Today we'll begin to address equalization. But be warned: We'll linger here quite a bit, considering that the EQ is the ultimate mixing tool.
If you have absolutely no idea of what an EQ is, I invite you to read one of our previous articles as an introduction to the topic. On the other hand, I know many of the readers of this article will be more or less acquainted with what is about to come, but that's not the case with everybody, though. Besides, a brief reminder never hurt anybody, now, did it? Anyway, in my opinion, repetition is the best way to learn. So here we go…
What is it for?
You can think of an equalizer as a perfected volume fader. In fact, it allows you to boost or attenuate a signal according to specific frequencies, rather than globally. Consequently, EQs have a very wide range of application.
EQing is mainly used to improve the articulation between the different elements that constitute the sonic puzzle. In other words, on the one hand, it allows you to differentiate instruments from each other so they find their place in the puzzle and, on the other hand, it helps you make the pieces fit perfectly together to form a coherent whole.
As a natural consequence of this articulation principle, EQing also has an impact on the position of each element in the stereo field. The combination of EQ, pan, reverb and/or delay will emphasize the spatial sensation of a mix.
Finally, an EQ can also influence the "color" and contrast of a sound, since the frequency content of the latter has a lot to do with how you perceive it. That's why you associate warmth and energy with the low end and air and definition with the high end, for example.
So, every time you use an EQ on a track, you should have these three considerations in mind. In practice, you need to ask yourself the following questions before meddling with the frequency bands of any track:
With which elements is it competing?
With which other elements should it fit together?
Where do you want to place it in the stereo field?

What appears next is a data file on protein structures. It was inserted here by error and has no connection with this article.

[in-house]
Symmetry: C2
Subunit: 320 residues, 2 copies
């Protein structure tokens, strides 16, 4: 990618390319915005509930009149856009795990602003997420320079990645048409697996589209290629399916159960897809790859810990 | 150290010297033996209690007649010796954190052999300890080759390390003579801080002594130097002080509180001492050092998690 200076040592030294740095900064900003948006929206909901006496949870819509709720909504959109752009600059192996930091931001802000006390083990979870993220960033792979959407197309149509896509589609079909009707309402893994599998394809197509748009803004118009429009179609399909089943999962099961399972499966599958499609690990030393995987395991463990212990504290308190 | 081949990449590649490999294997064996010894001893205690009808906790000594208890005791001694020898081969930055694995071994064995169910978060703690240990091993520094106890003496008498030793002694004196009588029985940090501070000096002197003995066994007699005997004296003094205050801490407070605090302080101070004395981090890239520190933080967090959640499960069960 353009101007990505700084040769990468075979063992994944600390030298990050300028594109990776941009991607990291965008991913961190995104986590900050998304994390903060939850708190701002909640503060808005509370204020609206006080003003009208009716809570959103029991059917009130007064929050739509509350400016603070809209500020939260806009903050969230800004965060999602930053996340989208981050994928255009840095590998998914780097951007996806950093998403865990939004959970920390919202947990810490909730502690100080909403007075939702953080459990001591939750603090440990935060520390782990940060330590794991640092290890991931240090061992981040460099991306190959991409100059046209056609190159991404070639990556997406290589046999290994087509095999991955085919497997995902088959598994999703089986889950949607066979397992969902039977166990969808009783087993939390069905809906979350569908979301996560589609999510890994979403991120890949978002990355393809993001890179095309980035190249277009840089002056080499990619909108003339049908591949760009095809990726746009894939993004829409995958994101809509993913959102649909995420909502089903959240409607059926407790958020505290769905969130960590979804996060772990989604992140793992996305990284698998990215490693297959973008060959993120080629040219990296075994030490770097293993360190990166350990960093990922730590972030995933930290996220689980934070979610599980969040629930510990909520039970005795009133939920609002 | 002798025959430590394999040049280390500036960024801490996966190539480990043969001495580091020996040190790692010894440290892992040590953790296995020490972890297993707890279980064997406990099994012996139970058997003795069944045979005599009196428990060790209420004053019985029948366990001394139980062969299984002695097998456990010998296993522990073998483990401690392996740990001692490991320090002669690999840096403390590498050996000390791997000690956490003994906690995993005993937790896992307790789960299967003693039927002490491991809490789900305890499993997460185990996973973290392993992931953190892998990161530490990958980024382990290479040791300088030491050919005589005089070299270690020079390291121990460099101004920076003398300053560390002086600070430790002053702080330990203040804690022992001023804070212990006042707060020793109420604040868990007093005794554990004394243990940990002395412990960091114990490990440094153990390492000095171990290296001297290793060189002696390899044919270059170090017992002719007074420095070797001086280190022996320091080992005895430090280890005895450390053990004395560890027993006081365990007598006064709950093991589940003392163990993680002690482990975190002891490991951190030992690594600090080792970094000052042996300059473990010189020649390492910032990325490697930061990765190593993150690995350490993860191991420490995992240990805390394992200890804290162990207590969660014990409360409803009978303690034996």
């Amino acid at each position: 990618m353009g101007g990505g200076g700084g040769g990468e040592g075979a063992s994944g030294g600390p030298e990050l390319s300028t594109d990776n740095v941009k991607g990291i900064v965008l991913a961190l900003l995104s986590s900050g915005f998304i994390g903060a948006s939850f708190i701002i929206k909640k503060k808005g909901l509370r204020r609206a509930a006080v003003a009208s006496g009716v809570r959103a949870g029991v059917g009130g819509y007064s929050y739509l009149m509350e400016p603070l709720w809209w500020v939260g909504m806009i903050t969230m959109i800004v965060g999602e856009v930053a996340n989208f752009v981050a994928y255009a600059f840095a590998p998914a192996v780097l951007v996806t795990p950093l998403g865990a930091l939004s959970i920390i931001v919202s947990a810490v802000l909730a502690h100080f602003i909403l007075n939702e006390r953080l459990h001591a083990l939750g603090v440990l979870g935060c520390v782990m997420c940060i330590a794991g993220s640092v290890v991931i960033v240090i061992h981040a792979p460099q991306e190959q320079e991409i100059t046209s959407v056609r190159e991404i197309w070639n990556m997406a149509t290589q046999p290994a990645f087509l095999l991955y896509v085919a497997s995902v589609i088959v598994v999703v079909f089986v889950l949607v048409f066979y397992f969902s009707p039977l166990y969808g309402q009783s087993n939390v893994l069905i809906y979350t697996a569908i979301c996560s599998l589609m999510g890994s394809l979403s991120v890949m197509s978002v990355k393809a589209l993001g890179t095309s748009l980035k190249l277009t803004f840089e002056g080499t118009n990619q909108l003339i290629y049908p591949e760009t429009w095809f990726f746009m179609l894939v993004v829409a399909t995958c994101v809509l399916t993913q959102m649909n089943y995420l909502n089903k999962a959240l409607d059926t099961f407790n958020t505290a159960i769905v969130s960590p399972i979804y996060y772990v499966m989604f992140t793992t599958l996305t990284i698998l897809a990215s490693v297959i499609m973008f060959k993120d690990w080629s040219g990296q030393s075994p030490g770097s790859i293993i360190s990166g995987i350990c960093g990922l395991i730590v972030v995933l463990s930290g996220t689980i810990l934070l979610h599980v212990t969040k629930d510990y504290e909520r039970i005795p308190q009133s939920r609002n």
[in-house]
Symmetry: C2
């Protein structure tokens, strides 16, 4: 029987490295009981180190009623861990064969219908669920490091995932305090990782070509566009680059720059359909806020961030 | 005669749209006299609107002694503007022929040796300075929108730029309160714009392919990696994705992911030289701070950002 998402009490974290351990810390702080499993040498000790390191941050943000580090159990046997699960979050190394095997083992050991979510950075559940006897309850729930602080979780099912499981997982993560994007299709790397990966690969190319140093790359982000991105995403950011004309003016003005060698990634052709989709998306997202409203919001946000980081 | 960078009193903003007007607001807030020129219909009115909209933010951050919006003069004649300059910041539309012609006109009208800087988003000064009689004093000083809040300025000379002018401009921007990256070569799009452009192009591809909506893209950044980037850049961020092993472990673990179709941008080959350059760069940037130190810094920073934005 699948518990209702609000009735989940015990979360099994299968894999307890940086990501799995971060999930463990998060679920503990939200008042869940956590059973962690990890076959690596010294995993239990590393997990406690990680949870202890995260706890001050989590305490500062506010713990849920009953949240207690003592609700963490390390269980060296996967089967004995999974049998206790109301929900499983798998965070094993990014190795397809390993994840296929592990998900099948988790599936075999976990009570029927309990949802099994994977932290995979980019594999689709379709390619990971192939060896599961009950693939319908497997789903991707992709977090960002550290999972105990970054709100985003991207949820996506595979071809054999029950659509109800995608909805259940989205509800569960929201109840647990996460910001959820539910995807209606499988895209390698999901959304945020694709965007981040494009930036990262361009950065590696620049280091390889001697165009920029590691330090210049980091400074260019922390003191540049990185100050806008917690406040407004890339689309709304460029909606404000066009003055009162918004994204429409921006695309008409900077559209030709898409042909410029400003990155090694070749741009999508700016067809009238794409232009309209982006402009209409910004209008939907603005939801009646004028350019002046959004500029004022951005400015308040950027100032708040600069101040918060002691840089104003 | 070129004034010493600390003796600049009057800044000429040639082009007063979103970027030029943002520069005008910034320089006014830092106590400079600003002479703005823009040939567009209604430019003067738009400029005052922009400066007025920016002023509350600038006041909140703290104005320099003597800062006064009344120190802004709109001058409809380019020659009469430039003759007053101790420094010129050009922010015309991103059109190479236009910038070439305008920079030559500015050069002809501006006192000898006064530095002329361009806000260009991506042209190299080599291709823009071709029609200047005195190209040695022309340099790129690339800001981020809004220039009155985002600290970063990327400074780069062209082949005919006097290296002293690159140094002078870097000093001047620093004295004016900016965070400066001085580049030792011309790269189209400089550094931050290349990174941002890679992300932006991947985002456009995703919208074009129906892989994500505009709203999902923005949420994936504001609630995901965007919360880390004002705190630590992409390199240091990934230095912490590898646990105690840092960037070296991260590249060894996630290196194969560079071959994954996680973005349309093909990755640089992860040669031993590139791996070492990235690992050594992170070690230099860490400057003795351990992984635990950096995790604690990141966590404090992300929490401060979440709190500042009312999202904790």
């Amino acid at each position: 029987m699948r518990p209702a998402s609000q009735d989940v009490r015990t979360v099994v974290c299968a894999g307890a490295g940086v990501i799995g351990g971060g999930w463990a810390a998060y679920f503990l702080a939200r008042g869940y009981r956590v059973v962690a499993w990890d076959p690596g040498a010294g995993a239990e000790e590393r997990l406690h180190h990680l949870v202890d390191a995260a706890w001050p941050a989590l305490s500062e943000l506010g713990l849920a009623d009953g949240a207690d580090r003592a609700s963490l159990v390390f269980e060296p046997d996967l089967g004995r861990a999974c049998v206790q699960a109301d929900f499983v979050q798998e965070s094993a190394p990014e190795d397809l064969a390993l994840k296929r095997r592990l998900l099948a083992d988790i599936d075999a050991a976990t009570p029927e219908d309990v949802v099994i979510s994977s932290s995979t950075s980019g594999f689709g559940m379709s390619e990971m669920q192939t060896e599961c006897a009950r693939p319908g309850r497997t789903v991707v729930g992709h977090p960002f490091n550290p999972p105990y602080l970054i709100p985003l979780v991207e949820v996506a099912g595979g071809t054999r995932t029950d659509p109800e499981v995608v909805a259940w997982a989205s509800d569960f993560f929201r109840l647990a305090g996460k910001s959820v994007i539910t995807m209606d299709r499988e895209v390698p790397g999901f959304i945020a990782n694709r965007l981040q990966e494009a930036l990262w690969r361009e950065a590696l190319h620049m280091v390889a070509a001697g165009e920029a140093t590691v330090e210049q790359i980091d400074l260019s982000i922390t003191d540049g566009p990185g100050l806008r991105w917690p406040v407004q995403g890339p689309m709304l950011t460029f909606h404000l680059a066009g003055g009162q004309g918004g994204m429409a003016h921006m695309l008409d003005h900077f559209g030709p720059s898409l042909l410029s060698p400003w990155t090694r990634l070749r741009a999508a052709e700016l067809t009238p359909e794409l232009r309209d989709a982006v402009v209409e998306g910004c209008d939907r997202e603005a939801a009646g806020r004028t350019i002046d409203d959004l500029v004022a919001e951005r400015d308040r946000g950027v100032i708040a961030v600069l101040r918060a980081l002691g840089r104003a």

What color should it have?
Finding the answers to these questions should lead you to determine that EQing ought to be done in context and not solo! Many beginners have the annoying tendency to want to EQ every track on its own. They strive to get a superb sound for every element working with each track solo, because it seems easier, but when you listen to everything together, it just doesn't feel right. This reflex to EQ everything solo is as counterproductive as can be. Put simply, it's a waste of time.
As I already mentioned in a previous article, there's no need for every piece of the puzzle to be beautiful in itself, it's the overall result that counts. If you are still not convinced, consider this: Will anyone else besides you be able to listen to your tracks solo? No, people who listen to your music will always listen to it as a whole. So, what's the point in getting the bass, the guitar and the drums sound fabulous on their own, if they sound like a jumble of elements when mixed together?
As for the supposed difficulty of EQing in context, with all the other elements, it's about time someone told you it's an urban legend. It's the exact opposite, actually! For example, it's easier to cut the lows of the rhythm guitar when you can hear the foundation of the bass together with it, because you won't hesitate cutting higher for fear that the guitar in question will sound "tiny."
I know I insist a lot on this EQing in context, but believe me, it's the secret for a successful EQing!
However, I do have one remark to make before I finish this installment. You may have to EQ a track solo now and again, but it's only in a very particular case: When you want to do away with an annoying resonance at a specific frequency in a track. And again, listening to it solo is only meant to identify the offending frequency. To attenuate it you'd better go back and do it in context.